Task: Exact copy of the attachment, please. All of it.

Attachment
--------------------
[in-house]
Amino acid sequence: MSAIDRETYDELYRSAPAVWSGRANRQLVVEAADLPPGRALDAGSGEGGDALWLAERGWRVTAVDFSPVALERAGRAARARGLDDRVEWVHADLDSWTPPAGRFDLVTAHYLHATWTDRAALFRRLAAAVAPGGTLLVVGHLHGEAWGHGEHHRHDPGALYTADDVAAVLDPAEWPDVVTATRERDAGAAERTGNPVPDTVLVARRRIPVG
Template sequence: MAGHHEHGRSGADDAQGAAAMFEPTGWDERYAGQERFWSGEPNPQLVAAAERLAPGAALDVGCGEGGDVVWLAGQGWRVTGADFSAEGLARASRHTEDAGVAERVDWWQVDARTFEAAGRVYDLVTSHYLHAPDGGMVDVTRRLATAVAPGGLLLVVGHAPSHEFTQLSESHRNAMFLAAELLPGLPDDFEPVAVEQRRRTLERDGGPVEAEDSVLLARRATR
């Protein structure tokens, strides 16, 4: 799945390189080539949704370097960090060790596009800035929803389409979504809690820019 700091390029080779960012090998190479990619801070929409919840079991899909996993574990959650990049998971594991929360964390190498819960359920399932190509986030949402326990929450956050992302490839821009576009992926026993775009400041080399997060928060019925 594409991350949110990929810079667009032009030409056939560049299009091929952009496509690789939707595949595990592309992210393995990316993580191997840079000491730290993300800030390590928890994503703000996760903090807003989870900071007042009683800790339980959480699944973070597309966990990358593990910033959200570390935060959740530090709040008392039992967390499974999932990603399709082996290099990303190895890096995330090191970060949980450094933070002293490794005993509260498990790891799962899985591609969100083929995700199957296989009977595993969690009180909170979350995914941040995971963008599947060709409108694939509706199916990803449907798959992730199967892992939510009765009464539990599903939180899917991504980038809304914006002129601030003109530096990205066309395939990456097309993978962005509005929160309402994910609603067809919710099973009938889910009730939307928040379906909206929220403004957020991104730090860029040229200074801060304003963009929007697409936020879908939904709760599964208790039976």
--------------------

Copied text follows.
[in-house]
Amino acid sequence: MSAIDRETYDELYRSAPAVWSGRANRQLVVEAADLPPGRALDAGSGEGGDALWLAERGWRVTAVDFSPVALERAGRAARARGLDDRVEWVHADLDSWTPPAGRFDLVTAHYLHATWTDRAALFRRLAAAVAPGGTLLVVGHLHGEAWGHGEHHRHDPGALYTADDVAAVLDPAEWPDVVTATRERDAGAAERTGNPVPDTVLVARRRIPVG
Template sequence: MAGHHEHGRSGADDAQGAAAMFEPTGWDERYAGQERFWSGEPNPQLVAAAERLAPGAALDVGCGEGGDVVWLAGQGWRVTGADFSAEGLARASRHTEDAGVAERVDWWQVDARTFEAAGRVYDLVTSHYLHAPDGGMVDVTRRLATAVAPGGLLLVVGHAPSHEFTQLSESHRNAMFLAAELLPGLPDDFEPVAVEQRRRTLERDGGPVEAEDSVLLARRATR
């Protein structure tokens, strides 16, 4: 799945390189080539949704370097960090060790596009800035929803389409979504809690820019 700091390029080779960012090998190479990619801070929409919840079991899909996993574990959650990049998971594991929360964390190498819960359920399932190509986030949402326990929450956050992302490839821009576009992926026993775009400041080399997060928060019925 594409991350949110990929810079667009032009030409056939560049299009091929952009496509690789939707595949595990592309992210393995990316993580191997840079000491730290993300800030390590928890994503703000996760903090807003989870900071007042009683800790339980959480699944973070597309966990990358593990910033959200570390935060959740530090709040008392039992967390499974999932990603399709082996290099990303190895890096995330090191970060949980450094933070002293490794005993509260498990790891799962899985591609969100083929995700199957296989009977595993969690009180909170979350995914941040995971963008599947060709409108694939509706199916990803449907798959992730199967892992939510009765009464539990599903939180899917991504980038809304914006002129601030003109530096990205066309395939990456097309993978962005509005929160309402994910609603067809919710099973009938889910009730939307928040379906909206929220403004957020991104730090860029040229200074801060304003963009929007697409936020879908939904709760599964208790039976």